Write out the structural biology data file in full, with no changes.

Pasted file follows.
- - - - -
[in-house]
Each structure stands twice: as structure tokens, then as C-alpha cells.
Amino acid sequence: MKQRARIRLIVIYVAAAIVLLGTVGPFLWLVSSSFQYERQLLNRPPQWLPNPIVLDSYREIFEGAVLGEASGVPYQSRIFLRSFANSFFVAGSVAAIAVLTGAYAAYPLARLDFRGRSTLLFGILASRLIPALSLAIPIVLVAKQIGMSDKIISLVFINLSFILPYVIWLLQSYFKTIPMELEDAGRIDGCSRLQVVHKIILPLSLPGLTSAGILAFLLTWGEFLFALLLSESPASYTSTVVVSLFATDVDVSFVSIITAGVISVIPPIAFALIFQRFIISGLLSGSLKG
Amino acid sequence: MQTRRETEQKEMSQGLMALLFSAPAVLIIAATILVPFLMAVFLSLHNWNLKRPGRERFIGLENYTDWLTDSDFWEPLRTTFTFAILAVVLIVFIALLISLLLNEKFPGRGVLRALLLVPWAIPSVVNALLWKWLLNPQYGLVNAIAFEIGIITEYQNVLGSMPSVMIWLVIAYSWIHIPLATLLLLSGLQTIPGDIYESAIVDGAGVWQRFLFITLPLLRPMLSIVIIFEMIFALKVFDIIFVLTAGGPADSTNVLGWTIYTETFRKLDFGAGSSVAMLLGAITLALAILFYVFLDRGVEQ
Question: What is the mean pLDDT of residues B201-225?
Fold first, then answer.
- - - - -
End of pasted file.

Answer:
[in-house]
Each structure stands twice: as structure tokens, then as C-alpha cells.
Amino acid sequence: MKQRARIRLIVIYVAAAIVLLGTVGPFLWLVSSSFQYERQLLNRPPQWLPNPIVLDSYREIFEGAVLGEASGVPYQSRIFLRSFANSFFVAGSVAAIAVLTGAYAAYPLARLDFRGRSTLLFGILASRLIPALSLAIPIVLVAKQIGMSDKIISLVFINLSFILPYVIWLLQSYFKTIPMELEDAGRIDGCSRLQVVHKIILPLSLPGLTSAGILAFLLTWGEFLFALLLSESPASYTSTVVVSLFATDVDVSFVSIITAGVISVIPPIAFALIFQRFIISGLLSGSLKG
Amino acid sequence: MQTRRETEQKEMSQGLMALLFSAPAVLIIAATILVPFLMAVFLSLHNWNLKRPGRERFIGLENYTDWLTDSDFWEPLRTTFTFAILAVVLIVFIALLISLLLNEKFPGRGVLRALLLVPWAIPSVVNALLWKWLLNPQYGLVNAIAFEIGIITEYQNVLGSMPSVMIWLVIAYSWIHIPLATLLLLSGLQTIPGDIYESAIVDGAGVWQRFLFITLPLLRPMLSIVIIFEMIFALKVFDIIFVLTAGGPADSTNVLGWTIYTETFRKLDFGAGSSVAMLLGAITLALAILFYVFLDRGVEQ
Question: What is the mean pLDDT of residues B201-225?
Fold first, then answer.